Like dark beers, but not the bitter astringency that sometimes comes with dark grains? Don’t be bitter, debitter — by using debittered black malt, a dark malt with the husk reduced. Plus: clone recipes for Dragon Stout, Klosterbrauerie Ettaler Curator Doppelbock, Schneider Aventinus and St. Bernardus Abt 12 (60th Anniversary Edition) .
This doppelbock is much darker tasting than others, with massive aromas and flavors of fruitcake, port, figs and raisins. Although extremely rich and thick, this beer is readily drinkable which poses a dilemma after a liter or so. There seem to be a lot of German bierkellars that have tilted, uneven floors!
This recipe is for their 60th anniversary edition, which is closer to their original recipe. Although probably not authentic, the debittered black malt will give you a much smoother product. It’s reported that St. Bernardus uses a different bottling strain than the fermentation strain, so we recommend using Westmalle’s yeast.
This beer is basically a wheat doppelbock, made to compete with the true doppelbocks. It features notes of raisins, plums, bananas, cloves, and a touch of chocolate. A decoction mash and extended boil are really needed to bring out the dark malt and caramel flavors.
This opens with a deep caramel apple character with notes of plums and sultanas. The tart fruity finish has hints of raisins and a spiciness lent by the rustic hops. One of the best examples of an old ale on the market.
The “double stout” in this beer’s name is not indicative of a strong beer. Actually, it’s quite low in gravity and makes a particularly good session pint. What the double means to me is that this beer literally has double the flavor of other low gravity stouts. East Kent Goldings hops lend a spicy character to the nose which blends in perfectly well with its rich, thick toasty body. The deep roast edges finish into a crisp dryness that ensures this beer’s utter drinkability. You better get this beer fast because it’s only seasonally available.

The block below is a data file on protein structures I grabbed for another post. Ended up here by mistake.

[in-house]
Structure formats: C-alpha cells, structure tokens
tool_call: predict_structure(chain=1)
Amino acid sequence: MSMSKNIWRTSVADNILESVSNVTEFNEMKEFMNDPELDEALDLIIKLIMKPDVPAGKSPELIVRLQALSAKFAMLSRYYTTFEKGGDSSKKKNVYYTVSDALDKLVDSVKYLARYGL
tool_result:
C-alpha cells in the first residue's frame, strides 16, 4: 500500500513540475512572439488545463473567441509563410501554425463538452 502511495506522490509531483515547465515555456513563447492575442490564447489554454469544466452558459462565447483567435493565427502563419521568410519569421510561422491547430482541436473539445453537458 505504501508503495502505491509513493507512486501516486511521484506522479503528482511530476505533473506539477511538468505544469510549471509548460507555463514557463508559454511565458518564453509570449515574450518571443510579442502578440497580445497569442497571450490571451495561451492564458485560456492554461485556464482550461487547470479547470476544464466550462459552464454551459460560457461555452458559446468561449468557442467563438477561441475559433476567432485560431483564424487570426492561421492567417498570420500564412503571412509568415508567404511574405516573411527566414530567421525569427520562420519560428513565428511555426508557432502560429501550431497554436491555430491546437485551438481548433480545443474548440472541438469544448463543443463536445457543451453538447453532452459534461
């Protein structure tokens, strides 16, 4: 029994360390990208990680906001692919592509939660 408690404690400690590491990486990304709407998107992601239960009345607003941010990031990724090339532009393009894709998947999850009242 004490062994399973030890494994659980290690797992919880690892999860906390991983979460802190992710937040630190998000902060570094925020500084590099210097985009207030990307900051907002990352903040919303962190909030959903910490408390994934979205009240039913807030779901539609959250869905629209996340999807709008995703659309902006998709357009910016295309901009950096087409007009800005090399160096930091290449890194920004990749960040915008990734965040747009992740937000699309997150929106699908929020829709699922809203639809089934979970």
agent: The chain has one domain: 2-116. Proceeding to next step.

Jet black, yet showing little evidence of roast character . . . more like brown sugar like sweetness.
Rogue’s Shakespeare Stout is a classic example of the style. Rogue describes it as, “Ebony in color with a rich creamy head, earthy flavor and a mellow, chocolate finish.”
This ruby-colored English ale delivers a delicious chocolate toffee malt flavor, balanced with rounded moderate bitterness and an overall fruity, mischievous character.
Dark, robust, and smoky when young, this porter develops notes of sherry, Madeira, and raisin as it ages. It has a chewy malt character and is chocolaty with a smoky, oily finish.
From simple ingredients comes massive complexity. Robust toasty notes meet and blend with dark fruits and chocolate. The vinous, port-like character from this brute wraps everything up in a dark happy bow.